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n. the study of heritable chemical modifications to DNA that alter gene activity without changing nucleotide sequence. Such modifications instead typically involve the attachment of additional material to the DNA molecule itself (DNA methylation) or the structural alteration of its associated proteins (chromatin remodeling), which disrupt the normal development and functioning of cells by influencing gene activation, deactivation, transcription, and so forth. Epigenetic mechanisms have been proposed as the means by which environmental and psychosocial factors such as toxins and early childhood experiences interact with physiology: They affect neural function through changes in gene expression that lead to individual differences in cognition and behavior (e.g., learning, memory, aggression, affect). Research also suggests that some epigenetic changes of an individual can be passed down to more than one generation of descendants. Additionally, epigenetic abnormalities have been linked to the etiology of many diseases and mental disorders, including autoimmune disturbances, cancer, heart disease, anxiety, autism, depression, intellectual disability, schizophrenia, and substance abuse.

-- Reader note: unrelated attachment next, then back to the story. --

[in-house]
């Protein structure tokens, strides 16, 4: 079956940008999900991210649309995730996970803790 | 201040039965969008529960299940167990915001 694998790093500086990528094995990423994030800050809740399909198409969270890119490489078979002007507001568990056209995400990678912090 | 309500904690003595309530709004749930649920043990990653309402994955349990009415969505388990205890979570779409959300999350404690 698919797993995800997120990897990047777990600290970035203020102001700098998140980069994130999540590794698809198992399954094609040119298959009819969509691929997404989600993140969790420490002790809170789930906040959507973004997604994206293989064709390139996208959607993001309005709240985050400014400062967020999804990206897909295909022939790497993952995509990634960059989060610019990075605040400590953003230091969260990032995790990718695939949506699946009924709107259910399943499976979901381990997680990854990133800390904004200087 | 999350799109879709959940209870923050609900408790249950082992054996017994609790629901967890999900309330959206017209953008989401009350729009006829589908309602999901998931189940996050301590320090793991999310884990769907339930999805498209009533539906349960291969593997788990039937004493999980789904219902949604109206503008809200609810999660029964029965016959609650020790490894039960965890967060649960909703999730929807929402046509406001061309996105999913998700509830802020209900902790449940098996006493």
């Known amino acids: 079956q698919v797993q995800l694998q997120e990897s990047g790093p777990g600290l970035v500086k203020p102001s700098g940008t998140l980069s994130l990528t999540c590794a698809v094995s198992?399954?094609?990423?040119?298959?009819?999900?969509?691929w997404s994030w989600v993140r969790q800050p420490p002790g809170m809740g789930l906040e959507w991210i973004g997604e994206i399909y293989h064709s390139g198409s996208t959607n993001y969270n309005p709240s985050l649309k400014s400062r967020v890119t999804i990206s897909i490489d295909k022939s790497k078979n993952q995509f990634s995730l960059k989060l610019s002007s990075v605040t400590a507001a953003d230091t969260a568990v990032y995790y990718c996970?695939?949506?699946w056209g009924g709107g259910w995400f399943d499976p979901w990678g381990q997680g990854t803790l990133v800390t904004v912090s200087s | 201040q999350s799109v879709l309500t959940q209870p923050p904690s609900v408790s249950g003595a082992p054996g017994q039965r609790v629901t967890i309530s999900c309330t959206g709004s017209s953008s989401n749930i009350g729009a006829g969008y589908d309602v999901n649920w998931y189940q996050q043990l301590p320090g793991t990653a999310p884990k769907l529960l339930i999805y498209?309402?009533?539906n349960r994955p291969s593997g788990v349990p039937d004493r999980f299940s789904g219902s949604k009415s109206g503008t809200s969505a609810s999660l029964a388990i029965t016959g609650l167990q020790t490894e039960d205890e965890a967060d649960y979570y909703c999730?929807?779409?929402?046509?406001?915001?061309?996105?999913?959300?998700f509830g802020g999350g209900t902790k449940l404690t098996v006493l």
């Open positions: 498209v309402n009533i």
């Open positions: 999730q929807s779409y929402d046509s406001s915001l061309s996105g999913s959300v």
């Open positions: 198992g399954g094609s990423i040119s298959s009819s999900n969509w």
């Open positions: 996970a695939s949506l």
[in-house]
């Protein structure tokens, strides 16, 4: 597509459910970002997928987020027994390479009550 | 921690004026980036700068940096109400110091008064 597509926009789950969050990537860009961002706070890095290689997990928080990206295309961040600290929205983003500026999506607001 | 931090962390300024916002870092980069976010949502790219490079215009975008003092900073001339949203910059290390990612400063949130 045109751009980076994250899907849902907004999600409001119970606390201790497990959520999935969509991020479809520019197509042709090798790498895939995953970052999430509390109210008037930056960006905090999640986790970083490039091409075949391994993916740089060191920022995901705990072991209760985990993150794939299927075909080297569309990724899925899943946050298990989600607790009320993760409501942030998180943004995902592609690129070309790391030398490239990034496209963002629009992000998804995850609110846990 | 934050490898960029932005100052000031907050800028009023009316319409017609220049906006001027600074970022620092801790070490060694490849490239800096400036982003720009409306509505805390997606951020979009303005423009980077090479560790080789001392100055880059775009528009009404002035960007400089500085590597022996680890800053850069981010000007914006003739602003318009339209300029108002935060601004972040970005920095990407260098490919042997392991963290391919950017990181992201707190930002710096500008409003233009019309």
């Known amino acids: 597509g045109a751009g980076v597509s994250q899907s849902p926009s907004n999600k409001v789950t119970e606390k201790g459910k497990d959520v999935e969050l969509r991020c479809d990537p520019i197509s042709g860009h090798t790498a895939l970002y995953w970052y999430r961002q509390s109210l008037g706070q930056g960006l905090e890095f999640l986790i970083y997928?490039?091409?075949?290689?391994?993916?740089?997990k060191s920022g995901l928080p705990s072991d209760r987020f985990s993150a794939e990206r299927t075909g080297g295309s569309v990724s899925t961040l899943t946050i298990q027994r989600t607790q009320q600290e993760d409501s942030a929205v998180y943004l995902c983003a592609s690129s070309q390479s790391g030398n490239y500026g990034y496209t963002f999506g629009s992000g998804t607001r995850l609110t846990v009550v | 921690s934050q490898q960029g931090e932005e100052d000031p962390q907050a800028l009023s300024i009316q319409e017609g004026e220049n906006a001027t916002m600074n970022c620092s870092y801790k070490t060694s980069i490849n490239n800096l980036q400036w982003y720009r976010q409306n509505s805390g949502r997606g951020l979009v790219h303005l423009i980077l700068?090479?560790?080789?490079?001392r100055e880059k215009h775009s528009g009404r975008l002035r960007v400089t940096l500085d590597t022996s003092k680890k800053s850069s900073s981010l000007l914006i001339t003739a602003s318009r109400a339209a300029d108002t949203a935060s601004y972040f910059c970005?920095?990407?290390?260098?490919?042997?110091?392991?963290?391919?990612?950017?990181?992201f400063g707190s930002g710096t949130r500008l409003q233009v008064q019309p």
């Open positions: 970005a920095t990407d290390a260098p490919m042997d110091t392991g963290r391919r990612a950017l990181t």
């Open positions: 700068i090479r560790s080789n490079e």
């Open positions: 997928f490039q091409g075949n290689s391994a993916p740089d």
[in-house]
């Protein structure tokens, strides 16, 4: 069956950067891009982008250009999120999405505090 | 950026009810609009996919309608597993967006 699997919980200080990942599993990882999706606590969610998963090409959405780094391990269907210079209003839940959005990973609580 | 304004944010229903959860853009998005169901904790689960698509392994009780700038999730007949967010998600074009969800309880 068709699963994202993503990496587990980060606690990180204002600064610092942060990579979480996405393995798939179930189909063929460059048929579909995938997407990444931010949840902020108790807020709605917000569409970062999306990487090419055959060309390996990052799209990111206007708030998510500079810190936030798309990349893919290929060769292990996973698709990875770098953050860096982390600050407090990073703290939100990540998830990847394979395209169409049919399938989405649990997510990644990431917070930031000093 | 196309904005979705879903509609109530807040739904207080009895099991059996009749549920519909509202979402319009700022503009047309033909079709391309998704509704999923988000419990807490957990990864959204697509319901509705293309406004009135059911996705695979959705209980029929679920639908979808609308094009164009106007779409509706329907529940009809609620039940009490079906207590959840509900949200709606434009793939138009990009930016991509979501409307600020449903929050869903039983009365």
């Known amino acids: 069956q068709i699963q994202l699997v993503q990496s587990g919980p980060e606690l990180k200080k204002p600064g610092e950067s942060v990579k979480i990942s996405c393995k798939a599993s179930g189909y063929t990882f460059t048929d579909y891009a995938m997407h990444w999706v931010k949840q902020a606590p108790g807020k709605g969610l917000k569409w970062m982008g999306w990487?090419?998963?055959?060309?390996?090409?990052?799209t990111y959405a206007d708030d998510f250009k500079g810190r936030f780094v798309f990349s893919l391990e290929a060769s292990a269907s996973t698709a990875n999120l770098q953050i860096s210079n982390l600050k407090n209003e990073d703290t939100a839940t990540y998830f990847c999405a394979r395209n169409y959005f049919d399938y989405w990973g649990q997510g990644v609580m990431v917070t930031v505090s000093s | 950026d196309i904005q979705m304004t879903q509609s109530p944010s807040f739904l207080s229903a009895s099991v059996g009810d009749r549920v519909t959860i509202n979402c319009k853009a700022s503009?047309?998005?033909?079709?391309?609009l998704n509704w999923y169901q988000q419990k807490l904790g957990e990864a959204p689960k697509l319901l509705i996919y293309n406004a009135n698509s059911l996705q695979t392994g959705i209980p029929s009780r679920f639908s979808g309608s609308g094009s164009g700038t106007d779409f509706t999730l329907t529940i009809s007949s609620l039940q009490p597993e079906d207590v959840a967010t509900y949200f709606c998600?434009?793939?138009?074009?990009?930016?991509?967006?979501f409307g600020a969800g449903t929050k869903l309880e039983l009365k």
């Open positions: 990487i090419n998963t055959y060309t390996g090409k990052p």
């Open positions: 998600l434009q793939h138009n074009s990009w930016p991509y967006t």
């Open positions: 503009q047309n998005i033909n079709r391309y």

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Psychology term of the day

February 26th 2024



n. red–green color blindness in which the deficiency is due to absence of the cone photopigment sensitive to green light, resulting in loss of green sensitivity and confusion between red and green (see dichromatism). The condition may be unilateral (i.e., color vision may be normal in one eye). See also protanopia.